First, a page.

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Africa and the Cold War - Term 2 Week 7

Cuba, South Africa, and the struggle for Angola, 1974-1989

The sudden collapse of the Portuguese empire in 1974 did not end the conflict in Angola. Agostinho Neto’s MPLA government faced internal opposition from Jonas Savimbi’s UNITA. Savimbi was supported by South Africa, which secretly invaded Angola in 1975, and – intermittently – by the United States. The Soviet Union provided assistance to Neto’s regime, but it was Cuban troops which held the frontline against Pretoria’s forces. In this class, we will look at the motives for and consequences of these various interventions into a conflict which brought together the global Cold War with the aftermath of Portuguese decolonisation, the liberation of Namibia, and the fate of apartheid South Africa. Saunders and Onslow provide an introduction; Westad, Gleijeses and Miller provide new evidence on the agency of the USSR, Cuba and South Africa at the point of the internationalisation of the Civil War in Angola.

Class/Essay questions

  1. Why did the USA and the Soviet Union intervene in Angola, 1974-75?
  2. South Africa and Cuba acted proxies of the superpower in Angola. Discuss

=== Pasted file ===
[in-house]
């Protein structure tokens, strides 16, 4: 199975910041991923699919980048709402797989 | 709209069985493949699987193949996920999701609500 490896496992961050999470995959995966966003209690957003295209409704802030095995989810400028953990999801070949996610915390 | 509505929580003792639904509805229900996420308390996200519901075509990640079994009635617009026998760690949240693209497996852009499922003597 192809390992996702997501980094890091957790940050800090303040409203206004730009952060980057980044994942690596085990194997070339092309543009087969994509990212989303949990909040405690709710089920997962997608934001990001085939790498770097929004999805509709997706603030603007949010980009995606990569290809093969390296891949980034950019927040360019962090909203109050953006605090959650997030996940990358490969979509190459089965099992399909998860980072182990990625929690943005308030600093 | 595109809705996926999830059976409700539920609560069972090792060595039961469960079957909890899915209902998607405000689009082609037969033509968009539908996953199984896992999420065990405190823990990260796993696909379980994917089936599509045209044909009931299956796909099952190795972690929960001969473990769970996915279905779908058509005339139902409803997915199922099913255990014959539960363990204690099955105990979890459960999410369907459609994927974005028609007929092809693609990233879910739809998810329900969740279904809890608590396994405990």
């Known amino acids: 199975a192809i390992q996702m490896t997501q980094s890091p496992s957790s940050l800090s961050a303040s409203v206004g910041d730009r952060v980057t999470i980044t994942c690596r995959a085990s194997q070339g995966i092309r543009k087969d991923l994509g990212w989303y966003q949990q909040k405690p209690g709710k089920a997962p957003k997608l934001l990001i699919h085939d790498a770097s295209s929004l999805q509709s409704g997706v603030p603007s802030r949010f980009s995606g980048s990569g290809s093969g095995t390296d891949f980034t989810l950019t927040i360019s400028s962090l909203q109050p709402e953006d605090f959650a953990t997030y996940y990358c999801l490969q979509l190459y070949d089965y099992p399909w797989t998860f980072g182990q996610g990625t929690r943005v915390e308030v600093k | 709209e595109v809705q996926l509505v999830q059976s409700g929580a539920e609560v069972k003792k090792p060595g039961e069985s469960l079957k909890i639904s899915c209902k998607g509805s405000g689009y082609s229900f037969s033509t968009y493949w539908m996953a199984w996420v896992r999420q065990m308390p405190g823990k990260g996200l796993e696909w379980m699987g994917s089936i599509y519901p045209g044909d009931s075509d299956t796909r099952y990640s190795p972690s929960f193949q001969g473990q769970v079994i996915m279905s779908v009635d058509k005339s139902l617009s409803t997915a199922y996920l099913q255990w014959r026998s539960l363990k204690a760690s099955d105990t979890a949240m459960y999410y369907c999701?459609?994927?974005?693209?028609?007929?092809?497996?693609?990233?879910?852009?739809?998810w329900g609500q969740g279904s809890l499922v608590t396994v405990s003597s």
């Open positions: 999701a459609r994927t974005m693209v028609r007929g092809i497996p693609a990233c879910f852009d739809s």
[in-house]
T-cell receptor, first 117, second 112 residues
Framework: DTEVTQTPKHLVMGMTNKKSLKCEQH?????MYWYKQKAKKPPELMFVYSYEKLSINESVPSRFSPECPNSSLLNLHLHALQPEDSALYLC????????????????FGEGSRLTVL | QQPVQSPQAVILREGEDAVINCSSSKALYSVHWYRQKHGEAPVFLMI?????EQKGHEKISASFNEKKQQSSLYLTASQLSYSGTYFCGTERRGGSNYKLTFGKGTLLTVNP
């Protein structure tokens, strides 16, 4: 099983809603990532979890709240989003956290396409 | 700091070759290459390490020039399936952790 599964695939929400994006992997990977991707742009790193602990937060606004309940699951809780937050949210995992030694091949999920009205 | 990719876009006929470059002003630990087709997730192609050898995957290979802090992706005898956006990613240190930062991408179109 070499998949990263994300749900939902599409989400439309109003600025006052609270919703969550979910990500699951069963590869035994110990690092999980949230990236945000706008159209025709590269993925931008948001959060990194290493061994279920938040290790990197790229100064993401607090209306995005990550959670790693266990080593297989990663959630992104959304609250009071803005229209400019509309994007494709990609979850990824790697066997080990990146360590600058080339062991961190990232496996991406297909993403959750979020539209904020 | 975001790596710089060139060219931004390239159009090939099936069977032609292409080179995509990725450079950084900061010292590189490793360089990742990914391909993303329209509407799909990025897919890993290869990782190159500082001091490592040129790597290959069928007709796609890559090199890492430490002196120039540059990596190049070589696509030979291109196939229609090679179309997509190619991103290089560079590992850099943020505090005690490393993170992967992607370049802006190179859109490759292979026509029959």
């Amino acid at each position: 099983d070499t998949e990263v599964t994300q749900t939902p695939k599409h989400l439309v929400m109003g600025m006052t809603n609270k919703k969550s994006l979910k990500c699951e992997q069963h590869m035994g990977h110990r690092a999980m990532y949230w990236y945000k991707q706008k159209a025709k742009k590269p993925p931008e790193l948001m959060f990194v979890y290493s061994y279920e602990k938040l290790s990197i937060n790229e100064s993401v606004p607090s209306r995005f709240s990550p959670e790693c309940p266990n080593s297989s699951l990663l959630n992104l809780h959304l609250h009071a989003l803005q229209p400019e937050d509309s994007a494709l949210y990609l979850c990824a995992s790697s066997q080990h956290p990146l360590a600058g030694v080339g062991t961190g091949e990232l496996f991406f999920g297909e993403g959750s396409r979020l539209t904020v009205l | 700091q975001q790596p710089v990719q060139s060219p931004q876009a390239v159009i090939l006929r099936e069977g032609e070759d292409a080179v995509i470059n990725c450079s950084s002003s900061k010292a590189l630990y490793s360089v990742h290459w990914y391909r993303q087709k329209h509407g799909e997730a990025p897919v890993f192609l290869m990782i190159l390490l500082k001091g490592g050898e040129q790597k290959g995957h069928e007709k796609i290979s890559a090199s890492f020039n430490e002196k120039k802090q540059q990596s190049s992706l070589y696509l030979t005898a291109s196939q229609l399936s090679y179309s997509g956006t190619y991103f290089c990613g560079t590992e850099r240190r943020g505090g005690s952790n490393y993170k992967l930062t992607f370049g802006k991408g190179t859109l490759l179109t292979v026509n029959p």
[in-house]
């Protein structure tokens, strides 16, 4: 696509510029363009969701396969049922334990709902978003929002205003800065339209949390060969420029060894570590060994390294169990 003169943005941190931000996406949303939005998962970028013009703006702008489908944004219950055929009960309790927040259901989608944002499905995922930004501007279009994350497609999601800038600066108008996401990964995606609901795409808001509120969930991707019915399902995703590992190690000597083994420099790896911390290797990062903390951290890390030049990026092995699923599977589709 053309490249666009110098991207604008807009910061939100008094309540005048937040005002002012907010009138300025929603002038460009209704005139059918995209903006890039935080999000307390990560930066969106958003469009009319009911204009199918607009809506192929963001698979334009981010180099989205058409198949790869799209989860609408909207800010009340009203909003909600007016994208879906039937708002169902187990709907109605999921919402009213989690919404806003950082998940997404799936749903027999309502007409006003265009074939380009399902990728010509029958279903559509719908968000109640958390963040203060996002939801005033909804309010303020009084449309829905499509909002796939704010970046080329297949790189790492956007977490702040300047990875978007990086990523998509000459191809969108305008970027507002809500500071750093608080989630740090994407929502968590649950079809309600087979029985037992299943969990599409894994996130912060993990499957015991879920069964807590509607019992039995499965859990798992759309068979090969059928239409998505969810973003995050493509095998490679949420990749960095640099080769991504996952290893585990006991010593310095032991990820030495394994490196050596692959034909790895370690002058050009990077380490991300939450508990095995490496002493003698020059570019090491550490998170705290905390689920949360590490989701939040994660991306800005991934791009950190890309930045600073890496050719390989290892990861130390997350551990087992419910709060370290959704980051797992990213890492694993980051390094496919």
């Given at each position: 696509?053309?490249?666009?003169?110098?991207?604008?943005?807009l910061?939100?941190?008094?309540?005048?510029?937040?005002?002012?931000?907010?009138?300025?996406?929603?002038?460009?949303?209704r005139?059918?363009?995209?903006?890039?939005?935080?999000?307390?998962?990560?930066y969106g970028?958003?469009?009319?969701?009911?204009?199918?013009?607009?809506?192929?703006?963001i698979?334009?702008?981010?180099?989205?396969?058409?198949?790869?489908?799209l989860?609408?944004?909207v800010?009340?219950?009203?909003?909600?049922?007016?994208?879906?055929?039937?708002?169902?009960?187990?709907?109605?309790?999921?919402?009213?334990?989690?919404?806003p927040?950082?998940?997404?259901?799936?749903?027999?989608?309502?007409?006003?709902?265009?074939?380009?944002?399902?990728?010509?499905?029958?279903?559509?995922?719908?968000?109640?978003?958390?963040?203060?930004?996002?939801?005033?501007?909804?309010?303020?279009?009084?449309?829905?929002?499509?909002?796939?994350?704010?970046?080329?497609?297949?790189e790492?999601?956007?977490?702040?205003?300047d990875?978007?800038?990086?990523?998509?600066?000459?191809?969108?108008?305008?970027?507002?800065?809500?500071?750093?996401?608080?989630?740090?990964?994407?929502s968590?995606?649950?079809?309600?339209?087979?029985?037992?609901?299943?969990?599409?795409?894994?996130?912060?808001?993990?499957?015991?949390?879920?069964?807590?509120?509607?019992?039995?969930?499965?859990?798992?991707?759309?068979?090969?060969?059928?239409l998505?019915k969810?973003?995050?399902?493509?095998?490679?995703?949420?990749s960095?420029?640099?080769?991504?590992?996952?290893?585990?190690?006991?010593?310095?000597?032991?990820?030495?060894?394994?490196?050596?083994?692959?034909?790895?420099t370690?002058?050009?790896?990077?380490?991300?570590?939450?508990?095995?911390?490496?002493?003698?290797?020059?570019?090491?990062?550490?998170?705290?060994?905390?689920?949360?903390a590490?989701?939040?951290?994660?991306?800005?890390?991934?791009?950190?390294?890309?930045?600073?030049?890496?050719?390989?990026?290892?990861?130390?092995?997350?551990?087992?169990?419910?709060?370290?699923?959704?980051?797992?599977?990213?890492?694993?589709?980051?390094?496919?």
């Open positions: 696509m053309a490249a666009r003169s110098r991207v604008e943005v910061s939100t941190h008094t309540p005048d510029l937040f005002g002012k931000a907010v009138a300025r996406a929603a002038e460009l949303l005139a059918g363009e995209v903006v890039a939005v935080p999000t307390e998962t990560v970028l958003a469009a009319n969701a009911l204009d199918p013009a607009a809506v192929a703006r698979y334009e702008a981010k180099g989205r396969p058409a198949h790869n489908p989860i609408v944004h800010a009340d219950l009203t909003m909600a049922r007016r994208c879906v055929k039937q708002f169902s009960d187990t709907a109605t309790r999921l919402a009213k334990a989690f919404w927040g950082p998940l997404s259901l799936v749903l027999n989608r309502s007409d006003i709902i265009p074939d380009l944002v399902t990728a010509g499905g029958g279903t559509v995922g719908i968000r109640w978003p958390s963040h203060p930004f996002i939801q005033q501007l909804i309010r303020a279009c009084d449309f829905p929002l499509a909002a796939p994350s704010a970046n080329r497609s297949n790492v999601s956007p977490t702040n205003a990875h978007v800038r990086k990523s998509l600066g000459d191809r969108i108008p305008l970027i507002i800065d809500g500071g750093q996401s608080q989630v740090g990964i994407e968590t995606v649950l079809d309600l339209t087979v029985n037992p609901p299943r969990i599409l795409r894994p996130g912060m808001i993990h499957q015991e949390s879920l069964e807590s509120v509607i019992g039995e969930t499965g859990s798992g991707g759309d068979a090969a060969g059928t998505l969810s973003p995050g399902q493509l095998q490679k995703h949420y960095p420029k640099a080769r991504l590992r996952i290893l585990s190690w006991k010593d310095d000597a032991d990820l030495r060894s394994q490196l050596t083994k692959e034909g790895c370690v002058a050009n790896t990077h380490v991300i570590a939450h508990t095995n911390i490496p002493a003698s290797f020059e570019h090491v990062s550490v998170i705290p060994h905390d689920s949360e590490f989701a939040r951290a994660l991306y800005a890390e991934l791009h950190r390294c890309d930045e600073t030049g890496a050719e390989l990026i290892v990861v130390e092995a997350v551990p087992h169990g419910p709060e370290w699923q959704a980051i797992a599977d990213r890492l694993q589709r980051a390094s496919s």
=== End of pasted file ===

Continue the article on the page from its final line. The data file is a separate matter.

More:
3. How decisive was the Cuban intervention for the ultimate success of the MPLA in Angola?

Class readings

Christopher Saunders and Sue Onslow ‘Southern Africa in the Cold War 1975-1990’, in Melvyn P. Leffler & Odd Arne Westad (eds), The Cambridge History of the Cold War, vol. III (Cambridge: Cambridge University Press, 2009), 222-43. [e-book]

Piero Gleijeses, 'Havana’s Policy in Africa, 1959-76: New Evidence from Cuban Archives: New Evidence on the Cold War in the Third World and the Collapse of Detente in the 1970s', Cold War International History Project Bulletin Issues 8-9, (Winter 1996/1997), pp. 5-8, available from

Odd Arne Westad, Moscow and the Angolan Crisis: 'A New Pattern of Intervention, New Evidence on the Cold War in the Third World and the Collapse of Detente in the 1970s' Cold War International History Project Bulletin Issues 8-9 (Winter 1996/1997), pp. 21-32, available from

Jamie Miller, ‘Yes, Minister: Reassessing South Africa’s Intervention in the Angolan Civil War, 1975-76’, Journal of Cold War Studies, 15 (2013), 4-33.

General readings

Gary Baines and Peter Vale (eds), Beyond the Border War: New Perspectives on Southern Africa’s Late-Cold War Conflicts (South Africa: UNISA Press, 2008).

Graham Evans, ‘The Great Simplifier: The Cold War and Southern Africa’, in Alan P. Dobson, Shahin P. Malik, and Graham Evans (eds), Deconstructing and Reconstructing the Cold War (Aldershot: Ashgate, 1999).

Edward George, The Cuban Intervention in Angola, 1965-91: From Che Guevara to Cuito Cuanavale (London: Routledge, 2005).

Piero Gleijeses, Conflicting Missions: Havana, Washington and Africa, 1959-1976 (Chapel Hill: University of North Carolina Press, 2002).

Piero Gleijeses, Visions of Freedom: Havana, Washington, Pretoria, and the Struggle for Southern Africa, 1976-1991 (Chapel Hill: University of North Carolina Press, 2013).